Blog post

Bereaved Dads Are Brave Dads

May 23, 2018

As we approach Father’s Day, I want to point out something I’ve realized that I think might go unnoticed by most of society: Bereaved dads are brave dads. The bravest dads. We talk a lot about what bereaved moms go through and how fierce they are as mothers. But the dads undoubtedly deserve more recognition than they get.

The bereaved dads I know are truly incredible. They help the bereaved moms pick up the pieces of a life ravaged by grief, while simultaneously grieving themselves. They put on strong faces as they tell loved ones the news their partner may not be able to get off her lips. They go before her, preparing the way for her to cautiously re-enter social environments, setting expectations and cautioning others of what she can and cannot handle. They break down and get vulnerable with her when she needs to know she’s not the only one grieving. They give her space to grieve harder because it was her body that carried this child.

Bereaved dads generally have to return to work sooner. They become masters of compartmentalization so they can competently do their jobs during the day and do the work of grieving when it feels safe to go there. They field endless questions of “how is your wife/partner doing?” for months after the loss, and answer them graciously despite the nagging voice in their heads saying “what about me?” If we moms feel the pressure to “get over it,” the dads feel it a hundredfold.

Related Post: Grieving Dads: On The Importance Of Your Self-Care

Bereaved dads are brave dads. They talk about their son or daughter as a member of their family, even in a society that would rather pretend infant loss doesn’t exist. They tattoo his name on their bodies, or they plant a tree in her honor. They run races and make charitable donations in their child’s name. They plan funerals, they visit gravesites, they put away the baby items spread throughout the house. They close the door on the nursery, filled with all the gear they wrestled to assemble in the preceding days. Oh that “some assembly required” was the hardest part of their fatherhood. Bereaved dads are brave dads.

These brave dads boldly jump into subsequent attempts to conceive and if they are so blessed, subsequent pregnancies, despite the fear of losing another and the fear of how their partner will cope. They deliver the news that’s hard to hear – news of friends’ new pregnancies and healthy babies, when they feel like it may never happen for them. They come up with caring ways to respond to “why us” all the hundreds of times it’s asked. They tell the grieving moms and grieving grandparents: ‘it will be okay, we will find a way forward’, even when they are not sure they believe it themselves.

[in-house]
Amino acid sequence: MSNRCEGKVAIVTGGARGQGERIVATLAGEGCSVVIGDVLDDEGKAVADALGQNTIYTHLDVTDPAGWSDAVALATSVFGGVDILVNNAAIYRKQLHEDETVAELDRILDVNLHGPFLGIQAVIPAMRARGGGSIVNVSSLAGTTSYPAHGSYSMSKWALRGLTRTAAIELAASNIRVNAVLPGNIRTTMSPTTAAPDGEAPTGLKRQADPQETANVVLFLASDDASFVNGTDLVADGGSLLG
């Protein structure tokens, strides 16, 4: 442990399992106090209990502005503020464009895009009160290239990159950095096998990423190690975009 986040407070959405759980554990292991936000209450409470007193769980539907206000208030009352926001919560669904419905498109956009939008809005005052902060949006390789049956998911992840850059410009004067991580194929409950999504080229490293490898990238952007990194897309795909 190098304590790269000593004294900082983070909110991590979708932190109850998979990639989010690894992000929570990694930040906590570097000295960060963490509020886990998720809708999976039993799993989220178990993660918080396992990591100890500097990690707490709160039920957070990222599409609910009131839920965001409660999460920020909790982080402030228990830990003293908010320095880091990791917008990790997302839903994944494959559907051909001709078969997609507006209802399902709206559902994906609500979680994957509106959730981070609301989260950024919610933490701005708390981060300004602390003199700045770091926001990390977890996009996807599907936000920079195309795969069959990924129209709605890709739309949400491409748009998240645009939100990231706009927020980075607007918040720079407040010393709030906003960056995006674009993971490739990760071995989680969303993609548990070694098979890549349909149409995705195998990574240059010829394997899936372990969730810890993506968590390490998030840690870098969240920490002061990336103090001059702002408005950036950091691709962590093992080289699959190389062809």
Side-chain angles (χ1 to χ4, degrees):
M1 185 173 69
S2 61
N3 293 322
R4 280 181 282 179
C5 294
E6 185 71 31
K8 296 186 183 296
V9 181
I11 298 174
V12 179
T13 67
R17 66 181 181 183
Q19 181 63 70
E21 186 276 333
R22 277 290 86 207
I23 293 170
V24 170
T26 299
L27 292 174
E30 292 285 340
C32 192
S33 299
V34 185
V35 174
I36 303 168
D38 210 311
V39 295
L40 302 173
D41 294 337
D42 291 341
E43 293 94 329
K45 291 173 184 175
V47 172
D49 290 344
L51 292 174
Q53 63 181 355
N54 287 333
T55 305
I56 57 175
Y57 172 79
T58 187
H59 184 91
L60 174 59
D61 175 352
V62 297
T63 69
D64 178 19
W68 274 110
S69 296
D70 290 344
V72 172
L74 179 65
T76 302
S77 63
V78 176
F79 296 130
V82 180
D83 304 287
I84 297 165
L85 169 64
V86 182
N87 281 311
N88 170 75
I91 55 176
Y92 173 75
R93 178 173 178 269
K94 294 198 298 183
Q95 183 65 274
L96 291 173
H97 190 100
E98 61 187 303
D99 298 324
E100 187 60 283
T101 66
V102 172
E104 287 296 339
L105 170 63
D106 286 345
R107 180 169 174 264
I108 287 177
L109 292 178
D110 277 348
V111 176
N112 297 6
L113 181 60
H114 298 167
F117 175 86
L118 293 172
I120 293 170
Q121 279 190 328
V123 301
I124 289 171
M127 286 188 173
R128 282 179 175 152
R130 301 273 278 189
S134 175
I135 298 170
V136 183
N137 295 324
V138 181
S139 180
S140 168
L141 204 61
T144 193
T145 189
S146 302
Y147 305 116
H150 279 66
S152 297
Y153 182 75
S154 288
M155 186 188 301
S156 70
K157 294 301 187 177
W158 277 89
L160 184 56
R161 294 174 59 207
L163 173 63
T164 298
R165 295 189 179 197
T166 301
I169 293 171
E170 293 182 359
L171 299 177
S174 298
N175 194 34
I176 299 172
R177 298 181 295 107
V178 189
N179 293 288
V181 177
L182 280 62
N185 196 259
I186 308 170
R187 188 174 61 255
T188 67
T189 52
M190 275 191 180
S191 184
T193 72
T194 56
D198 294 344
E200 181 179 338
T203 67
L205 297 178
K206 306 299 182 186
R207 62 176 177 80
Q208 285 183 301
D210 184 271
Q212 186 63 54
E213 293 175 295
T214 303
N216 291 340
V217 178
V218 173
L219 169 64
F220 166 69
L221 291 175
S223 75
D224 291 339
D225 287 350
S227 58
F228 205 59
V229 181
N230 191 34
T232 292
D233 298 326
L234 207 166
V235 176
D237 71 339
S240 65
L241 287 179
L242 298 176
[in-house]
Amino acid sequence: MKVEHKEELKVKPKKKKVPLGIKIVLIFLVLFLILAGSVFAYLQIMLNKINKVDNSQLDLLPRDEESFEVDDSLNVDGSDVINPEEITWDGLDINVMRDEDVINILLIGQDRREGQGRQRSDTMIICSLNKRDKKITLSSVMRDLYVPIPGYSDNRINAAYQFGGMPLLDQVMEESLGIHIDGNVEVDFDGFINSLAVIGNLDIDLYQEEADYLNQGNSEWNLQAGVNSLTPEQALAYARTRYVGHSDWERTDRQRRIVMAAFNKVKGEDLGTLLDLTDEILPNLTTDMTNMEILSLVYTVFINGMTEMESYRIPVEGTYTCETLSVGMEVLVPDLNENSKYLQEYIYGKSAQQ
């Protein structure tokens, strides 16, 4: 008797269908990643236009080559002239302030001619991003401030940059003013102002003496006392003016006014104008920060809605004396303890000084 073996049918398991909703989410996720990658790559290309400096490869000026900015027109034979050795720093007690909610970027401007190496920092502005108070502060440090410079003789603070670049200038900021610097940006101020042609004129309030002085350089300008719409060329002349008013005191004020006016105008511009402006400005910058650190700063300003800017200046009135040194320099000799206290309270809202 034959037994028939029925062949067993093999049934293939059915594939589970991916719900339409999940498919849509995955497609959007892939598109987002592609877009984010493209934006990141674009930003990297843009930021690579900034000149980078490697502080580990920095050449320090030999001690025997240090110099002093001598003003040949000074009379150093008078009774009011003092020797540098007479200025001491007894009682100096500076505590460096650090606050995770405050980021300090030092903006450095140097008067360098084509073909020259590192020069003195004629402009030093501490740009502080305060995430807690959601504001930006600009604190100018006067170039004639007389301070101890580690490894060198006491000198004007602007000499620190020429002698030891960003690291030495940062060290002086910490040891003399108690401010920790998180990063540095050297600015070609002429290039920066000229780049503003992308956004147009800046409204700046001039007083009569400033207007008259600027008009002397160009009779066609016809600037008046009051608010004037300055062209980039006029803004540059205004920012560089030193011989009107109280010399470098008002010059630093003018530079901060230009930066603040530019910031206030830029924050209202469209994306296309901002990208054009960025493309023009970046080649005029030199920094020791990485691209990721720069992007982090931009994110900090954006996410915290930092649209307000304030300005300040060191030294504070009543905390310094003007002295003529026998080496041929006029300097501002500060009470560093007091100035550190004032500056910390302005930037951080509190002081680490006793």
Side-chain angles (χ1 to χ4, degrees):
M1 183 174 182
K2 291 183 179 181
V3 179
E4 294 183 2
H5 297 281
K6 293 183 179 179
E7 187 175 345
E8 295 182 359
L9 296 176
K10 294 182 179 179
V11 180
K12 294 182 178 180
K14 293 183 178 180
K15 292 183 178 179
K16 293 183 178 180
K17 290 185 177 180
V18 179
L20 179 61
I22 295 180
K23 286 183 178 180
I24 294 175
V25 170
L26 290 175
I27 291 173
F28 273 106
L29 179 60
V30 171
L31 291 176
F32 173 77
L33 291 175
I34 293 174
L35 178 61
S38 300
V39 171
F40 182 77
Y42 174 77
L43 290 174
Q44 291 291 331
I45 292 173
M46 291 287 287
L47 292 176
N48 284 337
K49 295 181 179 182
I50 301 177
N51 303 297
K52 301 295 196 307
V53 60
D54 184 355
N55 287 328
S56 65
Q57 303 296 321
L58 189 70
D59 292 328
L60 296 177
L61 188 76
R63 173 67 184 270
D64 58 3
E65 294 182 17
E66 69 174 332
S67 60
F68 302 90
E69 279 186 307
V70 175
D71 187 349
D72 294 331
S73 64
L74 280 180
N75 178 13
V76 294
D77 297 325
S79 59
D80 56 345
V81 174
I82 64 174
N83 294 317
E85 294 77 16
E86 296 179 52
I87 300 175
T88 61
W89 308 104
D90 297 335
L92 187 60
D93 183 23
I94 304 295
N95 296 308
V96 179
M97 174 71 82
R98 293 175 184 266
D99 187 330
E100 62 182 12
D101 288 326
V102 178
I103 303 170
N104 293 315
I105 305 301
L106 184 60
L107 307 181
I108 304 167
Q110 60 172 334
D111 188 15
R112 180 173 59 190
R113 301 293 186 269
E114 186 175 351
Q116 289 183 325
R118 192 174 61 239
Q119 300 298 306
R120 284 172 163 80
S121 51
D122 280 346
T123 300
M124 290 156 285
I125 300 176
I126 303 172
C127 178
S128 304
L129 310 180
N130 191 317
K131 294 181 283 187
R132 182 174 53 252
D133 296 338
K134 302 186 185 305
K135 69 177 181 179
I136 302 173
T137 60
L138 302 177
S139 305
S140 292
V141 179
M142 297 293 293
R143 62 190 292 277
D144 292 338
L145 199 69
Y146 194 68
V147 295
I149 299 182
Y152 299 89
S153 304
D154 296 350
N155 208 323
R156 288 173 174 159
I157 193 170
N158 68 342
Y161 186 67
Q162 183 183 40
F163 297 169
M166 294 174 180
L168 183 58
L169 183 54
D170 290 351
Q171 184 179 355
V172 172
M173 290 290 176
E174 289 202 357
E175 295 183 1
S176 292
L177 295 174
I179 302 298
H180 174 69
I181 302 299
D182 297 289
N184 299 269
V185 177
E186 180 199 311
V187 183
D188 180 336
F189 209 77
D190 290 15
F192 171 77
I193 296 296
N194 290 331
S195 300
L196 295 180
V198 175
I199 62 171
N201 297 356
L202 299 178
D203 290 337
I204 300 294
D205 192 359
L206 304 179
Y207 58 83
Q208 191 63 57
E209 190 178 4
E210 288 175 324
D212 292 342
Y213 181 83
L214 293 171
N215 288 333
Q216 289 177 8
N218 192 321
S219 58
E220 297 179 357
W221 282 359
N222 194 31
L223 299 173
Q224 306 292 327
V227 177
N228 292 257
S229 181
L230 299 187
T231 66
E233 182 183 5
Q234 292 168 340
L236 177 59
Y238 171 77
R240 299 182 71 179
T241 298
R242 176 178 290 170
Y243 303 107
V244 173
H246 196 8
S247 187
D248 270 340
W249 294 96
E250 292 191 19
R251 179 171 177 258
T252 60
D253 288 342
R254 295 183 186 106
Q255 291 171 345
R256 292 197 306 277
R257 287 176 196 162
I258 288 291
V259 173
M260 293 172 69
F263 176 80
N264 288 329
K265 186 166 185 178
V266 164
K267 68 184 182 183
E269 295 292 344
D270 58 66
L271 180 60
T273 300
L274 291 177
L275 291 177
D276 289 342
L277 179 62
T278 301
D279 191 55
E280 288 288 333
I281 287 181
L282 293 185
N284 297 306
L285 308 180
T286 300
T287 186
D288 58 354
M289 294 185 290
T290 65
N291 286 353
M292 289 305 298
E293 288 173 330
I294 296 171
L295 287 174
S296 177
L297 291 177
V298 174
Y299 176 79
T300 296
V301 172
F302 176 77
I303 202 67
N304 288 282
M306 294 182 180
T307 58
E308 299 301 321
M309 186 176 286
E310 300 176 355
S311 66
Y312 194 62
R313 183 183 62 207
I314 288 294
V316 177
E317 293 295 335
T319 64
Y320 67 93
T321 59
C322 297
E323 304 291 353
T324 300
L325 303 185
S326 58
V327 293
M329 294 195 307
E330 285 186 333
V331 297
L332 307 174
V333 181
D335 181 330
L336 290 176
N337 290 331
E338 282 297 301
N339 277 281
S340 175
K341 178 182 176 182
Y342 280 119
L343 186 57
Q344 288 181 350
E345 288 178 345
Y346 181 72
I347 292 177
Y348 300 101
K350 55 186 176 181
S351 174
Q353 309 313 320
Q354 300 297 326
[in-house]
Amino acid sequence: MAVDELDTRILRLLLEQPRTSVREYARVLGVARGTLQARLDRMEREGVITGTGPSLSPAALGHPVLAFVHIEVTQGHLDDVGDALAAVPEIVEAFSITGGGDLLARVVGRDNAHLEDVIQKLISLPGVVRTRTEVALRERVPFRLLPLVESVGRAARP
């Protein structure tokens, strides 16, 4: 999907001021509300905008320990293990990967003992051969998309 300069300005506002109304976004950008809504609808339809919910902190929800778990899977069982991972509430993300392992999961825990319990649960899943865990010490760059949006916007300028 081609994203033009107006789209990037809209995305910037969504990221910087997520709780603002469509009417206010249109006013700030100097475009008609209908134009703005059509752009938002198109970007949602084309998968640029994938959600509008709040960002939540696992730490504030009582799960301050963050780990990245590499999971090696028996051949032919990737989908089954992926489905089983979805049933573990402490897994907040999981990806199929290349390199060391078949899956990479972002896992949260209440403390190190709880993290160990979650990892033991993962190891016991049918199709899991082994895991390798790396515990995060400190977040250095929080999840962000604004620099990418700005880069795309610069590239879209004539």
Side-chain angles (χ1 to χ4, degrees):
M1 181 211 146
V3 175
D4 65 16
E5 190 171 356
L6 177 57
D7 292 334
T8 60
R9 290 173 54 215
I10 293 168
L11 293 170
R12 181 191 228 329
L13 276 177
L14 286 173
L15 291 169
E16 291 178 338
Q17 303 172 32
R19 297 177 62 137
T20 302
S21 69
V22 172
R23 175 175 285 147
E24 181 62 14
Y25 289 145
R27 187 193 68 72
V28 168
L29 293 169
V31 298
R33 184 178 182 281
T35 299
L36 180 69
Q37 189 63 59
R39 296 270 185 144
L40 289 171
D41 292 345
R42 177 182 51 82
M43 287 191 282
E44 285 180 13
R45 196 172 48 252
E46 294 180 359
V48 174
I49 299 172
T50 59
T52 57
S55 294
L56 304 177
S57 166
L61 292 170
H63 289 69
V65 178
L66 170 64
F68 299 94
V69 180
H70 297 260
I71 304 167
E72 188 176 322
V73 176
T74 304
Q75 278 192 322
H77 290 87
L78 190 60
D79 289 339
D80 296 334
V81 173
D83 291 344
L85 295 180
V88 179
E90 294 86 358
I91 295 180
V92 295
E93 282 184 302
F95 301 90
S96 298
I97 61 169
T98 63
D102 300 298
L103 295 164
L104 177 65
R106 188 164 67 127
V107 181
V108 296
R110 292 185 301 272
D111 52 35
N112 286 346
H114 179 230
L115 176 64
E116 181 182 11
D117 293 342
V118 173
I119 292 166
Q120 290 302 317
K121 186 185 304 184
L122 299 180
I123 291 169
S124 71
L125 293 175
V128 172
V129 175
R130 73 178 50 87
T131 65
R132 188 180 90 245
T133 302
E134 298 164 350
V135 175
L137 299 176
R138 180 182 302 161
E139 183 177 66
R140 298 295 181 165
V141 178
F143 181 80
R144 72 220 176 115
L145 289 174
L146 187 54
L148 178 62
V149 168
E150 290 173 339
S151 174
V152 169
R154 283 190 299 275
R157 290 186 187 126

Related Post: Men Don’t Grieve Differently, They Just Grieve

Bereaved dads are brave dads, and we should celebrate that bravery every day, and especially this Father’s Day. Is there a bereaved dad in your life? I invite you to share about him in the comments and remind him often that he is the bravest, the best, kind of dad. The bravest, best kind of dad we wish he never had to be.

Photo by Eric Ward on Unsplash

  • Elizabeth Yassenoff

    Elizabeth Yassenoff lives in Columbus, Ohio with her husband Erik. She writes for Still Standing and on her blog to honor her firstborn son, Jacob Dale, who passed away three hours after birth due to unexpected complications during labor. Elizabeth is a co-founder of Alive In My Heart, a 501(c)(3) nonprofit organization that provides connection and resources to bereaved parents in the Columbus area, and she is studying to become an Integrative Nutrition Health Coach. Jacob's baby sister, Ella Jane, was born August 11, 2017 and has brought a lot of light and healing.


    • Brian Sharp

      June 27, 2018 at 1:17 pm

      While I appreciate the essays written in “A Father’s Grief’ section of Still Standing, I am having a hard time connecting with those written by mother’s. Why so few are penned by fathers?

    • Graham Baumann

      July 29, 2018 at 9:53 am

      Well written. I sent this article out to my family because describing it first hand was incredibly difficult but this post sums it up for me.

      Brian, I have wondered the same thing about fathers that choose not to share. I think it is on our shoulders to speak for the rest. I constantly search for other men to share grief but even if I find one who has been through the loss of a child, he will not join me in mine.

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